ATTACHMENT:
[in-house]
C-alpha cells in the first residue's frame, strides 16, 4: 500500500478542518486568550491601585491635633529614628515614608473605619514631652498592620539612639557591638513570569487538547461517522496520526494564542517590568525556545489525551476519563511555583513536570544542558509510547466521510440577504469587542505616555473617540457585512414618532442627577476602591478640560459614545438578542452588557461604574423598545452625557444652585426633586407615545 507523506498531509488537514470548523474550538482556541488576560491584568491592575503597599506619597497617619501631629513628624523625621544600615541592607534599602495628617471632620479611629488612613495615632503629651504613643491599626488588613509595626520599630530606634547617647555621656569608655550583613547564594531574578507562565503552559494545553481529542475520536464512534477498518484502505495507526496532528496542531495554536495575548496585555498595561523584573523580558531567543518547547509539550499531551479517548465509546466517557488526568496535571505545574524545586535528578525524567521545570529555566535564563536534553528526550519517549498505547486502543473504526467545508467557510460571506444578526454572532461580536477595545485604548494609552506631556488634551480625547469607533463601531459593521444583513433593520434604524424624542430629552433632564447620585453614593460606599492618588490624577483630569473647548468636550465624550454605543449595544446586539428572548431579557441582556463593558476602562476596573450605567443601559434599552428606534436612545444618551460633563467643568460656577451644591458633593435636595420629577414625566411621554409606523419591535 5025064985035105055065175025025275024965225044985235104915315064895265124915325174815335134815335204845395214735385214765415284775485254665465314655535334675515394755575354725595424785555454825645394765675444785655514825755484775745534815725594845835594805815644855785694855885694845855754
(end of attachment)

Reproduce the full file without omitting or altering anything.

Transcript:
[in-house]
C-alpha cells in the first residue's frame, strides 16, 4: 500500500478542518486568550491601585491635633529614628515614608473605619514631652498592620539612639557591638513570569487538547461517522496520526494564542517590568525556545489525551476519563511555583513536570544542558509510547466521510440577504469587542505616555473617540457585512414618532442627577476602591478640560459614545438578542452588557461604574423598545452625557444652585426633586407615545 507523506498531509488537514470548523474550538482556541488576560491584568491592575503597599506619597497617619501631629513628624523625621544600615541592607534599602495628617471632620479611629488612613495615632503629651504613643491599626488588613509595626520599630530606634547617647555621656569608655550583613547564594531574578507562565503552559494545553481529542475520536464512534477498518484502505495507526496532528496542531495554536495575548496585555498595561523584573523580558531567543518547547509539550499531551479517548465509546466517557488526568496535571505545574524545586535528578525524567521545570529555566535564563536534553528526550519517549498505547486502543473504526467545508467557510460571506444578526454572532461580536477595545485604548494609552506631556488634551480625547469607533463601531459593521444583513433593520434604524424624542430629552433632564447620585453614593460606599492618588490624577483630569473647548468636550465624550454605543449595544446586539428572548431579557441582556463593558476602562476596573450605567443601559434599552428606534436612545444618551460633563467643568460656577451644591458633593435636595420629577414625566411621554409606523419591535 5025064985035105055065175025025275024965225044985235104915315064895265124915325174815335134815335204845395214735385214765415284775485254665465314655535334675515394755575354725595424785555454825645394765675444785655514825755484775745534815725594845835594805815644855785694855885694845855754